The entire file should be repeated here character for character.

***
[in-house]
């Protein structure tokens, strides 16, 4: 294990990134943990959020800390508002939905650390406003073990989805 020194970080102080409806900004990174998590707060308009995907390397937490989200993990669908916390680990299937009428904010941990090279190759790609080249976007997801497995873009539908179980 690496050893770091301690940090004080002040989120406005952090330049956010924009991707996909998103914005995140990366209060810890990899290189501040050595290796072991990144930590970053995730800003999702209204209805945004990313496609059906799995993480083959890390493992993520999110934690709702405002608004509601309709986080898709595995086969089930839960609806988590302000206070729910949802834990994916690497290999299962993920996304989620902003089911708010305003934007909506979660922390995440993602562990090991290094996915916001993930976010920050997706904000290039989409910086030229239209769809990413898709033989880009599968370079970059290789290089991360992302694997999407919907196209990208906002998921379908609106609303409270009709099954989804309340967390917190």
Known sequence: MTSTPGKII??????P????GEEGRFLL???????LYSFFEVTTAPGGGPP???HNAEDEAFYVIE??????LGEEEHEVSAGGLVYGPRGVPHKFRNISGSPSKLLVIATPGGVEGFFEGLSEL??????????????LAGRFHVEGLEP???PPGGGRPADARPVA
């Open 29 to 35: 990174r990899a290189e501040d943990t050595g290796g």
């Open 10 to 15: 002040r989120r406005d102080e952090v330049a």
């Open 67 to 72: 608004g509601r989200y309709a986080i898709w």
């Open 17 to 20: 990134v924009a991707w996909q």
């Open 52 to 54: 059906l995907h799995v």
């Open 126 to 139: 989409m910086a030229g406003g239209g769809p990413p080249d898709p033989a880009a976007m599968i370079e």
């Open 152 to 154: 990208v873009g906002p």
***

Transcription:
[in-house]
């Protein structure tokens, strides 16, 4: 294990990134943990959020800390508002939905650390406003073990989805 020194970080102080409806900004990174998590707060308009995907390397937490989200993990669908916390680990299937009428904010941990090279190759790609080249976007997801497995873009539908179980 690496050893770091301690940090004080002040989120406005952090330049956010924009991707996909998103914005995140990366209060810890990899290189501040050595290796072991990144930590970053995730800003999702209204209805945004990313496609059906799995993480083959890390493992993520999110934690709702405002608004509601309709986080898709595995086969089930839960609806988590302000206070729910949802834990994916690497290999299962993920996304989620902003089911708010305003934007909506979660922390995440993602562990090991290094996915916001993930976010920050997706904000290039989409910086030229239209769809990413898709033989880009599968370079970059290789290089991360992302694997999407919907196209990208906002998921379908609106609303409270009709099954989804309340967390917190």
Known sequence: MTSTPGKII??????P????GEEGRFLL???????LYSFFEVTTAPGGGPP???HNAEDEAFYVIE??????LGEEEHEVSAGGLVYGPRGVPHKFRNISGSPSKLLVIATPGGVEGFFEGLSEL??????????????LAGRFHVEGLEP???PPGGGRPADARPVA
């Open 29 to 35: 990174r990899a290189e501040d943990t050595g290796g």
């Open 10 to 15: 002040r989120r406005d102080e952090v330049a």
């Open 67 to 72: 608004g509601r989200y309709a986080i898709w």
């Open 17 to 20: 990134v924009a991707w996909q």
């Open 52 to 54: 059906l995907h799995v």
């Open 126 to 139: 989409m910086a030229g406003g239209g769809p990413p080249d898709p033989a880009a976007m599968i370079e």
């Open 152 to 154: 990208v873009g906002p």